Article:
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Authors: Bernard Beckett

No Alarms

BOOK: No Alarms
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Things I hate


I hate feeling stupid…

I hate everyone who thinks they’re better than me…

I hate posers…

I hate people who give in.

Sixteen-year-old Sharon’s had enough. School sucks and even in her repeat year, she just doesn’t get it. Her mother Kaz behaves more like a teenager than a mum, and Sharon gets left too often with her young brother Zinny. She wants out.

Along comes Justin who offers a way. His hand’s on the door to a glittery new world where the risks are high. But it’s a world that could pay for her wildest dreams. A dangerous world that could put an end to everything.

No Alarms
will speak to a whole generation of disillusioned teenagers – and reveal something to those who are not. A fast-paced, provocative story where Sharon has to find her own way through.

no alarms

Bernard Beckett

‘FOR CHRIST’S SAKE SHARON, it’s the third time I’ve called you.’ The voice came muffled through Sharon’s duvet. Third time? Bet it wasn’t. She slowly worked her way up to sitting and checked her watch. Eight-thirty. No chance of making spell one then. Only Geography. No point rushing, just to be late.

‘I’ll come up there and haul your sorry arse out in a moment.’ Her mother’s voice rose to a whine. A hard sound. Anything God, Sharon would bargain, just don’t let me turn out like my mother.

‘Can’t you hear me you lazy little bitch?’ Louder this time, the extra effort bringing a round of coughing; big throaty hacks, forcing the morning phlegm to the surface.

‘You shouldn’t smoke so much,’ Sharon shouted back.

‘Cheeky bitch,’ and another round of coughing. Sharon rolled over and searched her bag for her own supply, a pack of twenty, that was meant to last all week. One left. She lit it and waited for the hit. At least I know what’s killing me, she would say. Hate surprises. It wasn’t true but it shut them up, till they found something else that wasn’t quite right. Teachers, other people’s parents, friends who would turn into one or the other. There was a type.

Sharon looked across the room to where her reflection floated above the clutter of her dresser top. An empty cigarette packet,
deodorant that had run out, an empty perfume bottle from a younger Christmas, when it had seemed like a good idea to smell like someone else. Didn’t last. An empty jar, for coins, from the time when she’d decided never to spend change, as an easy way of saving. Didn’t last either. Ideas were easy.

She ran her fingers through dark heavy curls, trying to make them come alive. Her hair was always the last to wake in the morning. It wouldn’t be hurried.

‘I’ve eaten your breakfast,’ her mother called up. ‘Serves you right.’

‘Not hungry.’

‘Answer for everything haven’t you?’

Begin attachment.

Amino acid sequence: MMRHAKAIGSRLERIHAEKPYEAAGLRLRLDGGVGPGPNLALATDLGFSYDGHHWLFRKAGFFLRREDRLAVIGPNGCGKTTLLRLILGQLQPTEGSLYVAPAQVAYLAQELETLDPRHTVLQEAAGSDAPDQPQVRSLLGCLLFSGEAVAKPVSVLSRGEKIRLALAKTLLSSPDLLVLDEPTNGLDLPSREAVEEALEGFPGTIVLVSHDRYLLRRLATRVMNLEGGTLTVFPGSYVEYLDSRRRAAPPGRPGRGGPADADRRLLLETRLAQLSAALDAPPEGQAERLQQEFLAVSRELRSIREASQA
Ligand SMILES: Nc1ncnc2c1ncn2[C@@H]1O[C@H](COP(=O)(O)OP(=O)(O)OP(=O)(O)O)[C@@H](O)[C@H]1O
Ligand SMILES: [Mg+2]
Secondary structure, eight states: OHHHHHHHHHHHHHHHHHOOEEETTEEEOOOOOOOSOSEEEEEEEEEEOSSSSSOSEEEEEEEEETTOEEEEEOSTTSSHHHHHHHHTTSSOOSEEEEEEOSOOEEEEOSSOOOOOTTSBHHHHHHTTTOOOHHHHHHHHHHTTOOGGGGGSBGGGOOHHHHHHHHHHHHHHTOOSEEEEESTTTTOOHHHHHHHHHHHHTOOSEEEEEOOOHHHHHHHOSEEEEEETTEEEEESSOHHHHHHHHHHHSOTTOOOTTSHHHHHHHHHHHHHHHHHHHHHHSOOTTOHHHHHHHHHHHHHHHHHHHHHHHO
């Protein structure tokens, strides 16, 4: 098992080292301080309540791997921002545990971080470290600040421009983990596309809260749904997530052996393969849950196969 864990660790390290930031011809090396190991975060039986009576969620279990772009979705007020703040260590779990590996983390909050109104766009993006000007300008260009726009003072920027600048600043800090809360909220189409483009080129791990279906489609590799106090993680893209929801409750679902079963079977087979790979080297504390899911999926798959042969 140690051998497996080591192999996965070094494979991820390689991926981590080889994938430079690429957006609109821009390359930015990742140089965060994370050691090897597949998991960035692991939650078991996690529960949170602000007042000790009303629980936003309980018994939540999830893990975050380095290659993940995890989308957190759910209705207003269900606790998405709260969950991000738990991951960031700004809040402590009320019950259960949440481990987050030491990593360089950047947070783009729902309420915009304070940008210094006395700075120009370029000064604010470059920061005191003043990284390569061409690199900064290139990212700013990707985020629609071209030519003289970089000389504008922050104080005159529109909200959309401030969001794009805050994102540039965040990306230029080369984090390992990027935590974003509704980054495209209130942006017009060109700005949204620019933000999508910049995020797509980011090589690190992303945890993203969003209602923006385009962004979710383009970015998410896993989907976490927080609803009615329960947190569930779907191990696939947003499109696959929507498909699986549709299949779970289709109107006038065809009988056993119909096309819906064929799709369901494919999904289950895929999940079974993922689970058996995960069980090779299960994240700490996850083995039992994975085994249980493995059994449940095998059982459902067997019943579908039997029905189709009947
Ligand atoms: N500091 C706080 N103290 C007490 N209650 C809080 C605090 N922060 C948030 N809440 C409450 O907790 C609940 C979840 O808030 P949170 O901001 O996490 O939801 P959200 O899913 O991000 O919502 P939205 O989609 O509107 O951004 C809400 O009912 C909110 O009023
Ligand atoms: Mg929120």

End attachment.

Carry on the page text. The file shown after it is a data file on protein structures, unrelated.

‘Not what my teachers say.’

Sharon watched herself as she spoke. She wasn’t much to look at, just sitting there, never came out that well in photos, but it was different when she was talking. When she talked her mouth had a better shape and her upturned nose came alive, looking cute, not puggish. And her eyes, they did most of it, made you look at them, even when you tried not to. It was no wonder she couldn’t shut up at school, when talking made her look this good. She waited for something else from her mother, so she could watch again.

‘Hurry up. I need you to go to the shop for some milk.’

‘Thought you’d already been out.’ Sharon smiled and her reflection smiled back, like it was in on the joke.

‘Forgot it.’

‘Your problem then.’

Wednesday. A funny, not quite coming not quite going day. Free last though. Sharon swapped the long t-shirt she slept in for the crumpled uniform on the floor. In winter they got to
wear trousers but this was March, a time of badly fitting grey checked skirts. Another good reason not to trust people who said it was all for her own good.

‘How can being ugly be for my own good?’ Sharon asked out loud, trying just to watch her mouth.

‘What was that?’ from the kitchen.

‘Just talking to myself.’


Sharon walked to the mirror and rubbed at a small stain of something on her blouse, but the smudge only got bigger. Wednesdays.

‘You look like shit,’ her mother observed from her spot behind the kitchen table. Mum. Kaz. Blunt as ever.

‘Genetics,’ Sharon responded. ‘Nothing left?’ She checked the brown McDonald’s bag.

‘Got you a couple of hash browns.’

‘Where are they?’

‘Zinny took them outside. Probably given them to Lennox.’ The neighbour’s Alsatian.

‘Have one of these?’ Sharon took a cigarette from the pack on the table.

‘Get your own.’

‘Finished ’em.’

‘You should get a job.’

‘Look who’s talking. How come you’re up so early anyway?’ Somehow, despite having made it to McDonald’s and back, three blocks each way, Kaz was still in her nightgown, a black satin thing that made her look like a slut. Deliberate, probably. Her face was thinner than Sharon’s, the skin darker and holding creases around the eyes. Good eyes though, no doubting that.